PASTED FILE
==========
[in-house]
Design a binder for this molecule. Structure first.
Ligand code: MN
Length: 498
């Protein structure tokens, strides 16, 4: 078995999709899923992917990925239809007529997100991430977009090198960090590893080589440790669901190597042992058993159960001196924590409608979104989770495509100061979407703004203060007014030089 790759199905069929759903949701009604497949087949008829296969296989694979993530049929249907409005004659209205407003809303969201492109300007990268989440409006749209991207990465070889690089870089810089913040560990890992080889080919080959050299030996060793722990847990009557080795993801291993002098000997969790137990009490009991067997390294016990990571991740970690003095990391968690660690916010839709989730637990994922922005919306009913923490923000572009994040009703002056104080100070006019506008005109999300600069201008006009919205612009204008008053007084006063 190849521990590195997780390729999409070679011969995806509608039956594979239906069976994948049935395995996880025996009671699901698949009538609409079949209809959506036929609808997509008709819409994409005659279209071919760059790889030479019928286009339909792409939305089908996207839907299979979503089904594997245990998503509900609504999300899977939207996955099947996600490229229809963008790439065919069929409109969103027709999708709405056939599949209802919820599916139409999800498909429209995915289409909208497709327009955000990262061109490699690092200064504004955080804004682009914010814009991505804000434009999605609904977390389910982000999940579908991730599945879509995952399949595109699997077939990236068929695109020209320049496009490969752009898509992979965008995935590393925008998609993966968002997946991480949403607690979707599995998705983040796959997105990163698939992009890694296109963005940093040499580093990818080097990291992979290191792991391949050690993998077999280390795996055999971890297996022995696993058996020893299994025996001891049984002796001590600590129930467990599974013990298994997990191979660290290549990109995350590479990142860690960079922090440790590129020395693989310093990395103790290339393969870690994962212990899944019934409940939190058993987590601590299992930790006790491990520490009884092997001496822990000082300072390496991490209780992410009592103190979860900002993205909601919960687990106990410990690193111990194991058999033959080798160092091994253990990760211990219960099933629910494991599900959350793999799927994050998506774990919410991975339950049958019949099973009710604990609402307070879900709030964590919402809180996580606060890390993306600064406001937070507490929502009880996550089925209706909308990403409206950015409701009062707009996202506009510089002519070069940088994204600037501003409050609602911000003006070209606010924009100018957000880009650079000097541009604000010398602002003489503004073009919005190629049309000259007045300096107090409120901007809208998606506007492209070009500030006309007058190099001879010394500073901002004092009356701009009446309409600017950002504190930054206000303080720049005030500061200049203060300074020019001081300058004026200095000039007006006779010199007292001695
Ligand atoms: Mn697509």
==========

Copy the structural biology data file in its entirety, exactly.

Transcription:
[in-house]
Design a binder for this molecule. Structure first.
Ligand code: MN
Length: 498
């Protein structure tokens, strides 16, 4: 078995999709899923992917990925239809007529997100991430977009090198960090590893080589440790669901190597042992058993159960001196924590409608979104989770495509100061979407703004203060007014030089 790759199905069929759903949701009604497949087949008829296969296989694979993530049929249907409005004659209205407003809303969201492109300007990268989440409006749209991207990465070889690089870089810089913040560990890992080889080919080959050299030996060793722990847990009557080795993801291993002098000997969790137990009490009991067997390294016990990571991740970690003095990391968690660690916010839709989730637990994922922005919306009913923490923000572009994040009703002056104080100070006019506008005109999300600069201008006009919205612009204008008053007084006063 190849521990590195997780390729999409070679011969995806509608039956594979239906069976994948049935395995996880025996009671699901698949009538609409079949209809959506036929609808997509008709819409994409005659279209071919760059790889030479019928286009339909792409939305089908996207839907299979979503089904594997245990998503509900609504999300899977939207996955099947996600490229229809963008790439065919069929409109969103027709999708709405056939599949209802919820599916139409999800498909429209995915289409909208497709327009955000990262061109490699690092200064504004955080804004682009914010814009991505804000434009999605609904977390389910982000999940579908991730599945879509995952399949595109699997077939990236068929695109020209320049496009490969752009898509992979965008995935590393925008998609993966968002997946991480949403607690979707599995998705983040796959997105990163698939992009890694296109963005940093040499580093990818080097990291992979290191792991391949050690993998077999280390795996055999971890297996022995696993058996020893299994025996001891049984002796001590600590129930467990599974013990298994997990191979660290290549990109995350590479990142860690960079922090440790590129020395693989310093990395103790290339393969870690994962212990899944019934409940939190058993987590601590299992930790006790491990520490009884092997001496822990000082300072390496991490209780992410009592103190979860900002993205909601919960687990106990410990690193111990194991058999033959080798160092091994253990990760211990219960099933629910494991599900959350793999799927994050998506774990919410991975339950049958019949099973009710604990609402307070879900709030964590919402809180996580606060890390993306600064406001937070507490929502009880996550089925209706909308990403409206950015409701009062707009996202506009510089002519070069940088994204600037501003409050609602911000003006070209606010924009100018957000880009650079000097541009604000010398602002003489503004073009919005190629049309000259007045300096107090409120901007809208998606506007492209070009500030006309007058190099001879010394500073901002004092009356701009009446309409600017950002504190930054206000303080720049005030500061200049203060300074020019001081300058004026200095000039007006006779010199007292001695
Ligand atoms: Mn697509």